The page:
Thursday, Apr 19, 2018
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English professor ran honors program at UT

David Hoch, who directed the honors program at the University of Toledo for 13 years and earlier was chairman of its English department, died of cancer Tuesday in his Sylvania home. He was 65.

He was diagnosed with cancer six years ago but was driven to keep working until last summer, his wife, Julia, said.

"He was absolutely in love with his job, and it was so hard for him to quit that when his health went downhill," she said.

Mr. Hoch taught and advised hundreds of students in his 36 years at the university, where he had been a faculty member since 1969. He sometimes advised 60 students a term.

In those one-on-one advising sessions, which often lasted more than an hour, he typically urged students to apply for internships, to study abroad, or present papers at research conferences.

"I think the thing that was behind his teaching was that life offered wonderful opportunities," said Jim Larson, a professor emeritus at UT who was its honors director before Mr. Hoch. "As a result, these students have done remarkable things with their lives."

Mr. Hoch's teaching style was heavy on discussion, and he rearranged his classroom furniture in attempts to better facilitate talking with his students instead of to them, his wife said.

He prepared for class by scribbling questions and notes in books rather than by writing a lecture. He enjoyed helping students write, and had individual conferences with them to go over rough drafts of their work.

He was named one of UT's outstanding teachers in 1979.

Mr. Hoch grew up in Canonsburg, Pa., south of Pittsburgh, and as a teenager worked in his father's business delivering meat and blocks of ice. He played football and was president of his class of 1958 at Canonsburg High School.

He graduated with high honors from Washington and Jefferson College, which at the time was a small men's college south of Pittsburgh, in the spring of 1962. From there he went to the University of Florida where he received his master's degree in English the following year.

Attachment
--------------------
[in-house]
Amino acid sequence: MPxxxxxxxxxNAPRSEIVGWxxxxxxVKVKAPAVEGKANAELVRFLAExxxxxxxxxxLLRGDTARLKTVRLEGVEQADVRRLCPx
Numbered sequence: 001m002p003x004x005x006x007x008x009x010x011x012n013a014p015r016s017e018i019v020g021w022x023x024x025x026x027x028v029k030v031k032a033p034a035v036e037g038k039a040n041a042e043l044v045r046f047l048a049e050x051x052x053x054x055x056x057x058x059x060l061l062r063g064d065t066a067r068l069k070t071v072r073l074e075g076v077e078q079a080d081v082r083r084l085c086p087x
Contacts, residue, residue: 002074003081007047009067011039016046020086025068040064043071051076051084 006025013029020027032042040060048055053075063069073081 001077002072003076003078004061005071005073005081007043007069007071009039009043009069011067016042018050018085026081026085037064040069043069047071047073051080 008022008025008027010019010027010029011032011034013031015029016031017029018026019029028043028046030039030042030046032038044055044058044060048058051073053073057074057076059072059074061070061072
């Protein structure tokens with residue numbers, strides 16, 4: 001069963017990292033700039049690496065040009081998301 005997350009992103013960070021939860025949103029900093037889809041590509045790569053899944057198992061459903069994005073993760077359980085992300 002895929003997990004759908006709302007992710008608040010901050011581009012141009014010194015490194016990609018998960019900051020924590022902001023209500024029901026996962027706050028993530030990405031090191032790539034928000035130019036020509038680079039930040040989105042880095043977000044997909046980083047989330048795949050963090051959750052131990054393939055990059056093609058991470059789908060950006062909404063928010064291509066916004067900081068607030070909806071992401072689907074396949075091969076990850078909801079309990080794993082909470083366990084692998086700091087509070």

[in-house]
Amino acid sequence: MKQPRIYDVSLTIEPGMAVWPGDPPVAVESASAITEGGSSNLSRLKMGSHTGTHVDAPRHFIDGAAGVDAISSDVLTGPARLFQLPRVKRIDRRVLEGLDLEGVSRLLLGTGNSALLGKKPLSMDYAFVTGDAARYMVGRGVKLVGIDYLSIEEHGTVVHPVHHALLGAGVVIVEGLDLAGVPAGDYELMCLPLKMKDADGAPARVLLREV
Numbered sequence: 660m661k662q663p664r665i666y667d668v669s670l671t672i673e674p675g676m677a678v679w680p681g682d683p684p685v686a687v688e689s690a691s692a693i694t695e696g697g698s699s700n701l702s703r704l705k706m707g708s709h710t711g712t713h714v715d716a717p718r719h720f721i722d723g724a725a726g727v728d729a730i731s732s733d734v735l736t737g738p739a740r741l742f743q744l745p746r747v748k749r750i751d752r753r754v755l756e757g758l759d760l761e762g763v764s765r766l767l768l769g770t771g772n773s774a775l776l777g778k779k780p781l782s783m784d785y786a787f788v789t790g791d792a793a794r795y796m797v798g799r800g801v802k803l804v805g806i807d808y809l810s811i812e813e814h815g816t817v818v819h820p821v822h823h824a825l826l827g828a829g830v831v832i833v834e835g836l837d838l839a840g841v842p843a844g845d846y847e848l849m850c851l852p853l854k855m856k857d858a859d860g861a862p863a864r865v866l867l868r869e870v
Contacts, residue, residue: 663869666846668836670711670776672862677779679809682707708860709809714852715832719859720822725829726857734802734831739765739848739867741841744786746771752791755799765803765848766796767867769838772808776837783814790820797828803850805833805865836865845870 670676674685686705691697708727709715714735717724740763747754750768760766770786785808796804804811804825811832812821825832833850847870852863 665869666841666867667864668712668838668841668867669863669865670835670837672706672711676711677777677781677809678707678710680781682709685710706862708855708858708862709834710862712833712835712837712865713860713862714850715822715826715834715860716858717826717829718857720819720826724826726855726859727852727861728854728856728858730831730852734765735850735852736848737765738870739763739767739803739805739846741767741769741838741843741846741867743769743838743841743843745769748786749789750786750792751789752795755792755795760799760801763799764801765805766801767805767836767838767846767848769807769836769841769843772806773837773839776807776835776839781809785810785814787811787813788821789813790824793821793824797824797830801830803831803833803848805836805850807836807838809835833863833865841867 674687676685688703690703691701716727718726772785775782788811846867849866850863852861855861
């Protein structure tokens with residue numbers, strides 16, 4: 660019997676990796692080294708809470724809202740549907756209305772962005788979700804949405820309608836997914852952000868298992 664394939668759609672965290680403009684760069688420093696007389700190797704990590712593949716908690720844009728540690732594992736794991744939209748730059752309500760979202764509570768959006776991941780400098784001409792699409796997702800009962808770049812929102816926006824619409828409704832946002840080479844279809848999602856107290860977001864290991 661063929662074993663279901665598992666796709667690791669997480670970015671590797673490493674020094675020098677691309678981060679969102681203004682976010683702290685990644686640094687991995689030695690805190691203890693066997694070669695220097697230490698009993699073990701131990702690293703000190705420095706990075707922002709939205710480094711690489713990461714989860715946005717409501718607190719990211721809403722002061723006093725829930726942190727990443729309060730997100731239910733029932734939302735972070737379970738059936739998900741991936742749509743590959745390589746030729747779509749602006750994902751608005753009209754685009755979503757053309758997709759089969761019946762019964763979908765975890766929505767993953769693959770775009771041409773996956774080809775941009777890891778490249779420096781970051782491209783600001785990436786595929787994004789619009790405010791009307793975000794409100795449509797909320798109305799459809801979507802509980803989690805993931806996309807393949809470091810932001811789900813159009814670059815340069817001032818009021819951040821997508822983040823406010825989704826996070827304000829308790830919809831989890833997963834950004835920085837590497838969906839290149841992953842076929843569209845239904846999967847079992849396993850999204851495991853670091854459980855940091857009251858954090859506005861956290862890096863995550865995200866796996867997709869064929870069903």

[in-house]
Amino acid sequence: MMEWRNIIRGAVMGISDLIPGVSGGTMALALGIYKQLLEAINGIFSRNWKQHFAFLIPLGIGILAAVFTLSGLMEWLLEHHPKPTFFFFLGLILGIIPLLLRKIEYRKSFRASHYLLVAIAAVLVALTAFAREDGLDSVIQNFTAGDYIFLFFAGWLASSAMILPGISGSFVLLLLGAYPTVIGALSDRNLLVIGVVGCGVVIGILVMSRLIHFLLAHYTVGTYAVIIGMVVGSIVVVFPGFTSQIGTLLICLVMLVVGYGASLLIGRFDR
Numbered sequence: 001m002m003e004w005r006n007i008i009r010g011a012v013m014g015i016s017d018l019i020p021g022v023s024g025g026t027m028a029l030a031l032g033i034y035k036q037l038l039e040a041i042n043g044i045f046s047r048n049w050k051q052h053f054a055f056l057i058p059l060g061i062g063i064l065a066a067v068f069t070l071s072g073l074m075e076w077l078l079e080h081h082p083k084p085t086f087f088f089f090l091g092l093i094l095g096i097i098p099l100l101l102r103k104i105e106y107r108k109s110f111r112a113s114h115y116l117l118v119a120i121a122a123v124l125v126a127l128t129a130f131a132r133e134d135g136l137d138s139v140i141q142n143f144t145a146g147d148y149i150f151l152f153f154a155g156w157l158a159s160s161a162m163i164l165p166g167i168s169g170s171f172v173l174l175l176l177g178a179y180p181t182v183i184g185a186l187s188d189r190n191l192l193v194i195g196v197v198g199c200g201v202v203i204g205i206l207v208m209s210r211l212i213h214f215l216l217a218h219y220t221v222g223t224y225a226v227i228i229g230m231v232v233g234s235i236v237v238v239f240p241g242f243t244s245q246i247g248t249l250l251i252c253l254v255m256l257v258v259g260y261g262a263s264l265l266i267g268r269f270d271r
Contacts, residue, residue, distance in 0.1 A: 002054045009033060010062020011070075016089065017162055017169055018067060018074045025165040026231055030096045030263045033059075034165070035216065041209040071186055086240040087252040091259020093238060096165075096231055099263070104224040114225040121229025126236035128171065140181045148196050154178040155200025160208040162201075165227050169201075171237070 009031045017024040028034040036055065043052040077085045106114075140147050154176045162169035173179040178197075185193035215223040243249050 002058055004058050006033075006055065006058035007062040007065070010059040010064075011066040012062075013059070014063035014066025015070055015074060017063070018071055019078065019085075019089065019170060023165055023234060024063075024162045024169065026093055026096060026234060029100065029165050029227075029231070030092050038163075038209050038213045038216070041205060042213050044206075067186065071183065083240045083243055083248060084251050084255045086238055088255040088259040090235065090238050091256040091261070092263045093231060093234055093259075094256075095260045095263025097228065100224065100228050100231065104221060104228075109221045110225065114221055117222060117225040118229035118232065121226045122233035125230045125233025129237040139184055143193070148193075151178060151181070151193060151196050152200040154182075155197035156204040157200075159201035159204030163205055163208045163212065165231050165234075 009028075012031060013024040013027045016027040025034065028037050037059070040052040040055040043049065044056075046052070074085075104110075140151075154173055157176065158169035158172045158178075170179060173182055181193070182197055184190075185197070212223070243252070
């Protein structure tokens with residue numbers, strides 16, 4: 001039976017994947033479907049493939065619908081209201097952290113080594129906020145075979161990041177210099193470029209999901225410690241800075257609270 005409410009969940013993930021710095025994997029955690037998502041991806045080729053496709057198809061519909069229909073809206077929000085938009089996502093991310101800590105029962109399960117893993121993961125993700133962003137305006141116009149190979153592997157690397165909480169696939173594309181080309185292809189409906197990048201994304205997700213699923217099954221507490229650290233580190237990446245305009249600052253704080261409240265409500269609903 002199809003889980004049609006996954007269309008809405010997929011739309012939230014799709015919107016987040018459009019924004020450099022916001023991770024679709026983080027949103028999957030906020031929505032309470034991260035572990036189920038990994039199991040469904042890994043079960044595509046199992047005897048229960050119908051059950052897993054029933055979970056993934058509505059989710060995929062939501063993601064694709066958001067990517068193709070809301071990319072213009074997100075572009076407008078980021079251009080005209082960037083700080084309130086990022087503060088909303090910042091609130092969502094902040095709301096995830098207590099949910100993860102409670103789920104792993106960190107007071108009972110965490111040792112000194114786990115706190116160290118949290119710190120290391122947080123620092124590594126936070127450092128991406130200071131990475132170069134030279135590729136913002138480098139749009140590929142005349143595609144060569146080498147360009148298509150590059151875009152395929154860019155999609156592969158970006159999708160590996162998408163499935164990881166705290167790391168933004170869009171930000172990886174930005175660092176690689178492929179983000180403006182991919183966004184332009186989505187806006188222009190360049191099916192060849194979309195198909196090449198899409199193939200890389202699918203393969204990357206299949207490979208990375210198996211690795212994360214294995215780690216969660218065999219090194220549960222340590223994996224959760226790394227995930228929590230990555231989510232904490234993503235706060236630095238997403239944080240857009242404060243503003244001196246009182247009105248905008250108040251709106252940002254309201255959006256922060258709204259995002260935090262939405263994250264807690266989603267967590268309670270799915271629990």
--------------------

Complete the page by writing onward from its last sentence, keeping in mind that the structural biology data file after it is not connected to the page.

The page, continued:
During the time he was working on his master's degree, he married his wife, whom he had met at church when he was in college and she was in high school in Pennsylvania. He had a full scholarship from Florida to study for his doctorate, but decided instead to teach at Maryville College in Tennessee to make sure he liked teaching, his wife said.

He taught mostly freshman English at the small liberal arts school - and loved it. After 2 1/2 years, he returned to his own studies at Kent State University, where he got an assistantship and received his doctorate.

His dissertation was on Henry David Thoreau, an American author, poet, and philosopher who Mr. Hoch resembled in many ways, his friend Mr. Larson said. For years, Mr. Hoch took his Thoreau books and notebooks with him on every trip to study.

Mr. Hoch loved the outdoors and ran daily for years. Before he suffered knee problems, he usually ran 10 miles a day. Sometimes on a weekend he would run 20 miles a day. He loved having students run with him so they could have a conference while they ran.

He was a charter member of Wildwood Athletic Club.

He enjoyed music and sold tickets to Toledo Symphony concerts to his students, and at concerts he would greet all of his students there. When his students' parents came to town, he often took them to the Toledo Museum of Art.

He connected with young children as well as college students and kept toys for young visitors at home and in his office.

"Little kids, big kids, and Thoreau" were the loves of his life, his wife said.

Surviving are his wife, Julia; son, John, and a granddaughter.

A memorial service will be at 2 p.m. April 2 in First Unitarian Church. The Reeb Funeral Home is handling arrangements.

The family suggests tributes to the David Hoch Honors Scholarship Fund at the University of Toledo Foundation.

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